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Coronavirus (COVID-19) business interruption test case - post-judgment analysis - construction, composite perils and causation

An analysis of the insurance and reinsurance implications of the High Court decision in the FCA's business interruption insurance test case.

On 15 September 2020 the High Court handed down its judgment in the FCA’s business interruption (BI) insurance test case. Pamela Freeland and Sarah Irwin of Weightmans, together with the Lexis®PSL Insurance and Reinsurance team consider the judgment and its implications.

The case is The Financial Conduct Authority v Arch Insurance (UK) Ltd and others (Hospitality Insurance Group Action and another intervening) [2020] EWHC 2448 (Comm).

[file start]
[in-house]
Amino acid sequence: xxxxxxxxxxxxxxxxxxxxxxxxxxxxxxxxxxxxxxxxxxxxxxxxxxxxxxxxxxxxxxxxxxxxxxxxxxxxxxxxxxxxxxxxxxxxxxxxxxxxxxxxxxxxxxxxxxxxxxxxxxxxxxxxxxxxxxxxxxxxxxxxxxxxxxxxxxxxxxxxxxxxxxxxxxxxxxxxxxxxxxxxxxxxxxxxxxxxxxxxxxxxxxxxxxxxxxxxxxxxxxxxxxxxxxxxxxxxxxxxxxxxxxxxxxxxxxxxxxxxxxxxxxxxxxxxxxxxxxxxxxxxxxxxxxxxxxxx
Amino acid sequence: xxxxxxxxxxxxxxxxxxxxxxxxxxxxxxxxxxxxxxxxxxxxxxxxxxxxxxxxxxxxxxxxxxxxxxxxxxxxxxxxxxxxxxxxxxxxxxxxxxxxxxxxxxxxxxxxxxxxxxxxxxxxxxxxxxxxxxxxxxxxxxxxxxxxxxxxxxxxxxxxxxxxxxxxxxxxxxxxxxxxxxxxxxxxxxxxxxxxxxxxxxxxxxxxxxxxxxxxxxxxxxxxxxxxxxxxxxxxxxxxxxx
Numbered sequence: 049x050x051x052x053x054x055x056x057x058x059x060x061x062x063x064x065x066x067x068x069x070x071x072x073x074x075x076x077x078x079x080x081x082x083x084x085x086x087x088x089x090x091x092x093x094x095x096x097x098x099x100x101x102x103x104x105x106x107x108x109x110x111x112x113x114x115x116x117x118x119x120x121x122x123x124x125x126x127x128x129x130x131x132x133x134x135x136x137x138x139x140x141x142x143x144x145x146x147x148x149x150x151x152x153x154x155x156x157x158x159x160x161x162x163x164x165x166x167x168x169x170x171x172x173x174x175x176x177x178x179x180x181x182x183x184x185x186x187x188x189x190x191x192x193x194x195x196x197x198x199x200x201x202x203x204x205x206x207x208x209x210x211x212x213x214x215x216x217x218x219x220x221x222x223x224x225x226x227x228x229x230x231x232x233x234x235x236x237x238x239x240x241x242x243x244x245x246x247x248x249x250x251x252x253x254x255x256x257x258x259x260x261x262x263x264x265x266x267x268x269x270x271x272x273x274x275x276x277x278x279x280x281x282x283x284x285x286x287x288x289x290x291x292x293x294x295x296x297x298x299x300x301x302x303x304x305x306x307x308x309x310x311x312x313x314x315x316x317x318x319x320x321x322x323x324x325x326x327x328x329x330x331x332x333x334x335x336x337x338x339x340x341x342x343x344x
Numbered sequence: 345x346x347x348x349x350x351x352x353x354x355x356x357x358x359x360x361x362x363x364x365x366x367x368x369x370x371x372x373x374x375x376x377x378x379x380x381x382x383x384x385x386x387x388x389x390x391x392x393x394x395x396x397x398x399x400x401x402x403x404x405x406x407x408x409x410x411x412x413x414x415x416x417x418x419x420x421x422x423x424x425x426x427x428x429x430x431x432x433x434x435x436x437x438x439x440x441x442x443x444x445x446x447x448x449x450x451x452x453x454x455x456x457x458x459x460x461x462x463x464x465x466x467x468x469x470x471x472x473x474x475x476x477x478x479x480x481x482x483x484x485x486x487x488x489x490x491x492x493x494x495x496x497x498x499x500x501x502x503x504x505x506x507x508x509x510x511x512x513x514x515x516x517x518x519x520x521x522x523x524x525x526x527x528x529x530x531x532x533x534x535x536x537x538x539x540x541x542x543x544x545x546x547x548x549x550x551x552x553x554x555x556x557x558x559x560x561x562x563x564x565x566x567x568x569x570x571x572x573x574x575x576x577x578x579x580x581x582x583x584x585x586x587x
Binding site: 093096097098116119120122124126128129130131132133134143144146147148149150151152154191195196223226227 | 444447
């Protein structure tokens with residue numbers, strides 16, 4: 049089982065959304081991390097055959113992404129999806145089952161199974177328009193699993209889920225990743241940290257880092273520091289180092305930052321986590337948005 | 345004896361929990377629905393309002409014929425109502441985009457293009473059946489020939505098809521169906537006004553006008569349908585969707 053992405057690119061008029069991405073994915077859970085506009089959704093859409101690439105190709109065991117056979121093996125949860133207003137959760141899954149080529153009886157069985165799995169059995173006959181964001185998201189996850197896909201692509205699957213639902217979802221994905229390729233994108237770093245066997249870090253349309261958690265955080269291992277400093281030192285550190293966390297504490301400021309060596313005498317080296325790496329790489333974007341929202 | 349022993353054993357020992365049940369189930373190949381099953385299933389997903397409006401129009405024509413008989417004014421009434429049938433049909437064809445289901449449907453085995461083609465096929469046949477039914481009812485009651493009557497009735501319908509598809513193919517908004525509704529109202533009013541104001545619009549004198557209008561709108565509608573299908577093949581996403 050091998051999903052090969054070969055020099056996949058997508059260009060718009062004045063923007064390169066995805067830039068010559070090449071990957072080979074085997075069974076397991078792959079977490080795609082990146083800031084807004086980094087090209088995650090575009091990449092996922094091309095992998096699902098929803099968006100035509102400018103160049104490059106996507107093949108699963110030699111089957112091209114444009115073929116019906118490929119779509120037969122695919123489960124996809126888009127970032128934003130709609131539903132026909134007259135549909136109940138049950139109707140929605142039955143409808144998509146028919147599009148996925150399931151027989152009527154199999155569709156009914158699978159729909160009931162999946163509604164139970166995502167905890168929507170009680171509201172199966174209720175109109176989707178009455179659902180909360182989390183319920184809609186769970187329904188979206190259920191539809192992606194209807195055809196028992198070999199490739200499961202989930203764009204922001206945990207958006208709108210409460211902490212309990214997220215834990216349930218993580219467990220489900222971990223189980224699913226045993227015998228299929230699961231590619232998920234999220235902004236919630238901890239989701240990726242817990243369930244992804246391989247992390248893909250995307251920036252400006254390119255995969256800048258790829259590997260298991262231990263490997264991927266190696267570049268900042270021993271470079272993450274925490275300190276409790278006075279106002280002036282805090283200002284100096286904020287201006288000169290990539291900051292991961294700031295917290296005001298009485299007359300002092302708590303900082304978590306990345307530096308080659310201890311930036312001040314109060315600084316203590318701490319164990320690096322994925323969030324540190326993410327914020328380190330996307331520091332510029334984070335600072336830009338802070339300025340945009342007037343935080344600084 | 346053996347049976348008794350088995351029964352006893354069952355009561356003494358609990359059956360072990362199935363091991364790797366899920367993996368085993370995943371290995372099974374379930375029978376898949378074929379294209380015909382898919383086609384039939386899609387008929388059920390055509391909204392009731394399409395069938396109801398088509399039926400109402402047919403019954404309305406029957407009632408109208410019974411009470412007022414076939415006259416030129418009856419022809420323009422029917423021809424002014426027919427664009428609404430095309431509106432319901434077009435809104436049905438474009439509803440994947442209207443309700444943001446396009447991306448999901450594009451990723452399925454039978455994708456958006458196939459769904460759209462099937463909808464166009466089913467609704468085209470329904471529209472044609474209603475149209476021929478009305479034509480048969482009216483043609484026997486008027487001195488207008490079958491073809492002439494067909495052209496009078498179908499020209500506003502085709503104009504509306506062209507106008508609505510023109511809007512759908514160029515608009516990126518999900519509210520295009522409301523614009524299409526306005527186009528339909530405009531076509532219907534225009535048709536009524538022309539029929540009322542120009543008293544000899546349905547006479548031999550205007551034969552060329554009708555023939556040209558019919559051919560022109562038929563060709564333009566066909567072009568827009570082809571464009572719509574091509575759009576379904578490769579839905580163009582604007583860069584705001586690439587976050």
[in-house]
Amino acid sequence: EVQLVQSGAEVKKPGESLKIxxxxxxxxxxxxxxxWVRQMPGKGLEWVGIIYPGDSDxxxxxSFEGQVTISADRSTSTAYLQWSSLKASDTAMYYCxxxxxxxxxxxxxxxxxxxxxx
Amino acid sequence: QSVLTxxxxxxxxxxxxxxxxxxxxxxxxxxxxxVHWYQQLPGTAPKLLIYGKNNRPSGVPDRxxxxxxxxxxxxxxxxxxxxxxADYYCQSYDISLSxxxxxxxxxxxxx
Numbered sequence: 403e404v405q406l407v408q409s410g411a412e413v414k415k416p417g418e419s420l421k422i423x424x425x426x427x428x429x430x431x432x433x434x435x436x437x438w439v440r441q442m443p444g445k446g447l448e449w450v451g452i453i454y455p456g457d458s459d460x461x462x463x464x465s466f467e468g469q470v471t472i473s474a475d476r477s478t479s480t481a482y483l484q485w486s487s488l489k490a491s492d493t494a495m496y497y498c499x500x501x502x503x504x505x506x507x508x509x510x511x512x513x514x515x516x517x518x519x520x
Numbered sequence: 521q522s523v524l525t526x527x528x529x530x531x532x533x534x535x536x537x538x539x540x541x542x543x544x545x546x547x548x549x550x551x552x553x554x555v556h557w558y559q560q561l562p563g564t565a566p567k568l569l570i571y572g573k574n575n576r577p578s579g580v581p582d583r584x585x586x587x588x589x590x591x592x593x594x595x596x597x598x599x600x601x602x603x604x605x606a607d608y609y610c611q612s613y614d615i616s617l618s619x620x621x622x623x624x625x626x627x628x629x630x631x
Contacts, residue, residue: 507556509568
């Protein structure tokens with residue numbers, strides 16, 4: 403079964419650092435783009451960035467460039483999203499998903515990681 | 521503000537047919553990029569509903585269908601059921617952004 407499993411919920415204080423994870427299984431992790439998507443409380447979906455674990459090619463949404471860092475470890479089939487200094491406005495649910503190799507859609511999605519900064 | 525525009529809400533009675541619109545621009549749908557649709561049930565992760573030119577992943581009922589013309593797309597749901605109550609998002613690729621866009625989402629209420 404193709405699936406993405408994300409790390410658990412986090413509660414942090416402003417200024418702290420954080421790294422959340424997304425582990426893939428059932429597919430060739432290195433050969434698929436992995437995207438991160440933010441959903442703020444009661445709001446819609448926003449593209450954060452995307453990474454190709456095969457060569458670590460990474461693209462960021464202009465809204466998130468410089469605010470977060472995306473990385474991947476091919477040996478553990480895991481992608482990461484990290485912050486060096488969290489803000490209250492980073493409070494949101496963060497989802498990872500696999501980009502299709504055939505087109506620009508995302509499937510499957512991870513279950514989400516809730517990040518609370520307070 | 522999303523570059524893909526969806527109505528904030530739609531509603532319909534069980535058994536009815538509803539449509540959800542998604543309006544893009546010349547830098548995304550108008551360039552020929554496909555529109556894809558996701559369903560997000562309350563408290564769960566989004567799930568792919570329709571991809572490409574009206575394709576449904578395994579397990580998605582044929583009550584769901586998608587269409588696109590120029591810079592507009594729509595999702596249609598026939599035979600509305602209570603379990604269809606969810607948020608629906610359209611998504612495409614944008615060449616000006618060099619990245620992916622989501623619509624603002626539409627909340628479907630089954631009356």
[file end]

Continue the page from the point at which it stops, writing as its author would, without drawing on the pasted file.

The FCA’s decision to represent the interests of policyholders against insurers was controversial but, it seems, has been vindicated in that the first instance judgment has substantially progressed the impasse facing policyholders and insurers alike. It is a credit to all concerned that this inaugural financial markets test case was progressed with such rapidity and rigour. The result, a carefully reasoned judgment running to some 160 pages, looks set to resolve many issues of principle that were impeding prompt and fair settlement of coronavirus (COVID-19) BI claims. It has been hailed as a victory for policyholders. It is for some, but only those with policies of a type that has been held to respond to the coronavirus outbreak. Policyholders with prevention of access extensions, for example, were less fortunate.

The decision also advances the law of insurance in relation to the nature of insured perils and causation of loss, as well as clarifying several issues of policy construction, common to many non-damage BI policies.

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The insight was first published by Lexis®PSL Insurance & Reinsurance.

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